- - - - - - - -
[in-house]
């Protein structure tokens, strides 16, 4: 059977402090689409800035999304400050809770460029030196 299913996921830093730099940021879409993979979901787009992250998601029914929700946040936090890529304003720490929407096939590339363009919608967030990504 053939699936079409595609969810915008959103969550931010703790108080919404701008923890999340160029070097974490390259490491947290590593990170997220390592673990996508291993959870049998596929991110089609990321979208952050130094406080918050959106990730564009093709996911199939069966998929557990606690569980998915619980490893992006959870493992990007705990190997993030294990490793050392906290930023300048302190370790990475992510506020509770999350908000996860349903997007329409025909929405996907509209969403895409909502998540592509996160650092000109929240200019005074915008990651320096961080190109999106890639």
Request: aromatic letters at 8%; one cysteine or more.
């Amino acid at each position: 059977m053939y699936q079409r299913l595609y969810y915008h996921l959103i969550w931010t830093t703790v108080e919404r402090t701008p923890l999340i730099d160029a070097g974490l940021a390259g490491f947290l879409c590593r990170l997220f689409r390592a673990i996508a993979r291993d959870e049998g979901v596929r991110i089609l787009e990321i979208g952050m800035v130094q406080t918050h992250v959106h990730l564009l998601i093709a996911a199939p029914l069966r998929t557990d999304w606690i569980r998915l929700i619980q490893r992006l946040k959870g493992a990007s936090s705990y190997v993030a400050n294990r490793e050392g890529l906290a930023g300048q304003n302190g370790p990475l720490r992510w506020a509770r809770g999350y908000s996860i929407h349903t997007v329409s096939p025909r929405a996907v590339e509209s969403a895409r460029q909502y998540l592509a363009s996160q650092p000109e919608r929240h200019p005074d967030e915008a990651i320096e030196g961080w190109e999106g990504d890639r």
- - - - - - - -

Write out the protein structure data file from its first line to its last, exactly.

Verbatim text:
[in-house]
């Protein structure tokens, strides 16, 4: 059977402090689409800035999304400050809770460029030196 299913996921830093730099940021879409993979979901787009992250998601029914929700946040936090890529304003720490929407096939590339363009919608967030990504 053939699936079409595609969810915008959103969550931010703790108080919404701008923890999340160029070097974490390259490491947290590593990170997220390592673990996508291993959870049998596929991110089609990321979208952050130094406080918050959106990730564009093709996911199939069966998929557990606690569980998915619980490893992006959870493992990007705990190997993030294990490793050392906290930023300048302190370790990475992510506020509770999350908000996860349903997007329409025909929405996907509209969403895409909502998540592509996160650092000109929240200019005074915008990651320096961080190109999106890639």
Request: aromatic letters at 8%; one cysteine or more.
């Amino acid at each position: 059977m053939y699936q079409r299913l595609y969810y915008h996921l959103i969550w931010t830093t703790v108080e919404r402090t701008p923890l999340i730099d160029a070097g974490l940021a390259g490491f947290l879409c590593r990170l997220f689409r390592a673990i996508a993979r291993d959870e049998g979901v596929r991110i089609l787009e990321i979208g952050m800035v130094q406080t918050h992250v959106h990730l564009l998601i093709a996911a199939p029914l069966r998929t557990d999304w606690i569980r998915l929700i619980q490893r992006l946040k959870g493992a990007s936090s705990y190997v993030a400050n294990r490793e050392g890529l906290a930023g300048q304003n302190g370790p990475l720490r992510w506020a509770r809770g999350y908000s996860i929407h349903t997007v329409s096939p025909r929405a996907v590339e509209s969403a895409r460029q909502y998540l592509a363009s996160q650092p000109e919608r929240h200019p005074d967030e915008a990651i320096e030196g961080w190109e999106g990504d890639r």